res audita mihi, nota est tibi.
[I hear of the affair, and you know it.]
devovit nati spemque caputque parens.
[A women, bereft of her brothers, now curses, while she obeys the hope and intention of a son.]
[There was a war;]
ille ferox positis secessit ab armis 95
[That fierce fellow departed from the clash of arms, once it settled down, ]
et patriae rigida mente negavit opem.
[and he refused the fortune of his country, because of his unyielding mind.]
sola virum coniunx flexit.
[Only his wife wept for the man.]
at mea pro nullo pondere verba cadunt.
[But my words now fall for no importance at all.]
nec tamen indignor nec me pro coniuge gessi
saepius in domini serva vocata torum.
[and yet, neither am I undeserving, nor, more often than not, have I acted like a wife, when the 'slave girl' is beckoned to her master's bedroom.]
me quaedam, memini, dominam captiva vocabat.
[I remember how a certain woman called me "mistress."]
'servitio,' dixi, 'nominis addis onus.'
[I responded her, "You are adding the burden of a title to my servitude."]
Per tamen ossa viri subito male tecta sepulcro,
[And yet, alongside the bones of a husband, will I be buried right away by an evil tomb, ]
semper iudiciis ossa verenda meis;
[and ever will these bones be worshipped in accordance to my decrees;]
perque trium fortes animas, mea numina, fratrum, 105
[and for the three brave spirits of my brothers, my guardian spirits,]
qui bene pro patria cum patriaque iacent;
[those who lie in peace in the service of their nation, and alongside their nation;]
perque tuum nostrumque caput,
[and along your head, and my own,]
quae iunximus una,
[things which I bound together,]
perque tuos enses, cognita tela meis—
[and beside your swords, and spears they've come to known--]
nulla Mycenaeum sociasse cubilia mecum
[I swear that no man from Mycene had ever mingled in the bedroom at my side;]
fallentem deseruisse velis! 110
[you wish that you had deserted a lying girl!]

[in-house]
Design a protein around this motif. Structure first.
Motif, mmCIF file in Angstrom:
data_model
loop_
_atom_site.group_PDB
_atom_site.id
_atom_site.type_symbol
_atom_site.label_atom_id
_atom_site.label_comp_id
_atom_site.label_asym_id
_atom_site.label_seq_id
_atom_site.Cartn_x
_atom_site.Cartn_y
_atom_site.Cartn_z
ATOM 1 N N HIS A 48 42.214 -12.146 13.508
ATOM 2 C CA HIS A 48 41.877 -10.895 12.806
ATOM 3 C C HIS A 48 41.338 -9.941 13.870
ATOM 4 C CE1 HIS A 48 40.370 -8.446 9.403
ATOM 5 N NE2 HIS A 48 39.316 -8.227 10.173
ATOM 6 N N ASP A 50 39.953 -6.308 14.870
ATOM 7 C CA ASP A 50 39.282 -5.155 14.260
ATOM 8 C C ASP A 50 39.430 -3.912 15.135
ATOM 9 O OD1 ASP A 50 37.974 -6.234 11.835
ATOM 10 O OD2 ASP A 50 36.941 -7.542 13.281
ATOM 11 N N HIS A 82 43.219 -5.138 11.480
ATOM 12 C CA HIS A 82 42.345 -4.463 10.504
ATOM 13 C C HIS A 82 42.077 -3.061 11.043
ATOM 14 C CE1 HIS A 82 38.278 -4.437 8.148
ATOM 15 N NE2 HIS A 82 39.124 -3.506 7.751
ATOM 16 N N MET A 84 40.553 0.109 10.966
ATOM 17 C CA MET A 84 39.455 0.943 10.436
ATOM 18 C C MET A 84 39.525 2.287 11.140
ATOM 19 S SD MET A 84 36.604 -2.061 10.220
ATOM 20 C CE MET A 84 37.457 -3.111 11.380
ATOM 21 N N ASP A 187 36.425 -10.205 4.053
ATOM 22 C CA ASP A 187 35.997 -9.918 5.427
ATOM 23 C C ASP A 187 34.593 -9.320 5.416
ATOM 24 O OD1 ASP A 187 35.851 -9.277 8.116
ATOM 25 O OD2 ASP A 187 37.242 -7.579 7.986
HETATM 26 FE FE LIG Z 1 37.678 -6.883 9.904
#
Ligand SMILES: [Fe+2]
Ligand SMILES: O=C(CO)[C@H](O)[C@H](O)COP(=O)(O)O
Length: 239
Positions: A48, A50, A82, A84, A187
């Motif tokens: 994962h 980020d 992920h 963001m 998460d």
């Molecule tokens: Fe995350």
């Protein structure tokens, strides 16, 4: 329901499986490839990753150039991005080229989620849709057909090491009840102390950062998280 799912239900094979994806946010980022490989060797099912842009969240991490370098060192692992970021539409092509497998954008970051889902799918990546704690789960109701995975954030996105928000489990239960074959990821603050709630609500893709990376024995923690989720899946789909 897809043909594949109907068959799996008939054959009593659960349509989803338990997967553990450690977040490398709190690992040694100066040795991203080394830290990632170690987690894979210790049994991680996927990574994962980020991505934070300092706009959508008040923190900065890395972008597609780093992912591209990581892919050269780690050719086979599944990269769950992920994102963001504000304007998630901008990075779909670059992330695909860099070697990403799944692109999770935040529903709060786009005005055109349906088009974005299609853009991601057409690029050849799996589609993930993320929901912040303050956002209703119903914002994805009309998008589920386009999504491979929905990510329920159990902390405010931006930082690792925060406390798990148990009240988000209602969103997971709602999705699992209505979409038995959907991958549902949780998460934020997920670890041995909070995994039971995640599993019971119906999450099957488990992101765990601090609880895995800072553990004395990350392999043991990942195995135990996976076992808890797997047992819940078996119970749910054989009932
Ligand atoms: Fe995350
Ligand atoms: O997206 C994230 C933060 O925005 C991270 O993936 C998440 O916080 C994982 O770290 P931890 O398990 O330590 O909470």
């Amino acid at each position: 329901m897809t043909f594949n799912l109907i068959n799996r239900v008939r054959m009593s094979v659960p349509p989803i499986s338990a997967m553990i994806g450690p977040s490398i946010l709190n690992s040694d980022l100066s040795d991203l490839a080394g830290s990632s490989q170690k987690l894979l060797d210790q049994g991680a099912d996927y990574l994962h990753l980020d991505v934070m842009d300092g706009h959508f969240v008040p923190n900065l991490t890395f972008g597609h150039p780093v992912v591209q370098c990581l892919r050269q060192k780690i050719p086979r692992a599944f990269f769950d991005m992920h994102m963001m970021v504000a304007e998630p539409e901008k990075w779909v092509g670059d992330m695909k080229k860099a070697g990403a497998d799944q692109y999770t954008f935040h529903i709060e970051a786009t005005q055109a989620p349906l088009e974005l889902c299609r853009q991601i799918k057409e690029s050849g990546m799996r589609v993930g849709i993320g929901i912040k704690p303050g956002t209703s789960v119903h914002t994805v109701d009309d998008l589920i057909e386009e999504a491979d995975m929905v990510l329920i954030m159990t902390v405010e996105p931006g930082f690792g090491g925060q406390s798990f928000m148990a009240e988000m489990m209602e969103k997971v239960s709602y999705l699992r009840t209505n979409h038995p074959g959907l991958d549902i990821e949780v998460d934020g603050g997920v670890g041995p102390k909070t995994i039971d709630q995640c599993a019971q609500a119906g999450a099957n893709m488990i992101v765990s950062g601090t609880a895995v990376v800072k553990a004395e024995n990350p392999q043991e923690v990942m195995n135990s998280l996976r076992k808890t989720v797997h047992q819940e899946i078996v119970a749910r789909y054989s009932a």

si tibi nunc dicam, fortissime:
[If now I could speak to you, who are the strongest man of all, I'd say:]
'tu quoque iura
nulla tibi sine me gaudia capta!' neges.
["It is you too who should swear that that you took no joys without me!". But you will refuse this.]
at Danai maerere putant—
[But the Greeks think it right to grieve--]
tibi plectra moventur,
[and the harps are stirred for you,]
te tenet in tepido mollis amica sinu!
[and your gentle lady holds you in your frightened lap!]
et quisquam quaerit, quare pugnare recuses? 115
[And some one might ask, "Why do you refuse to fight?"]
[Fighting pains him,]
citharae voxque Venusque iuvant.
[and harps, and single, and Love please him.]
tutius est iacuisse toro, tenuisse puellam,
[It is safer for him to have laid down in his bed, and held his girl tight,]
Threiciam digitis increpuisse lyram,
[and to have strummed his Thracian harp with his fingers,]
quam manibus clipeos et acutae cuspidis hastam,
et galeam pressa sustinuisse coma. 120
[than to have taken up his shields and a spear of sharp point in his hands, and a helmet upon his pressed-down hair.]
Sed tibi pro tutis insignia facta placebant,
[But the tokens made for the sake of safe men pleased you,]
partaque bellando gloria dulcis erat.
[and glory in battle then became a sweet thing to you.]
an tantum dum me caperes,
[Or rather, only so long as you had me in your custody,]
fera bella probabas,
[did you used to think fierce battles to be good,]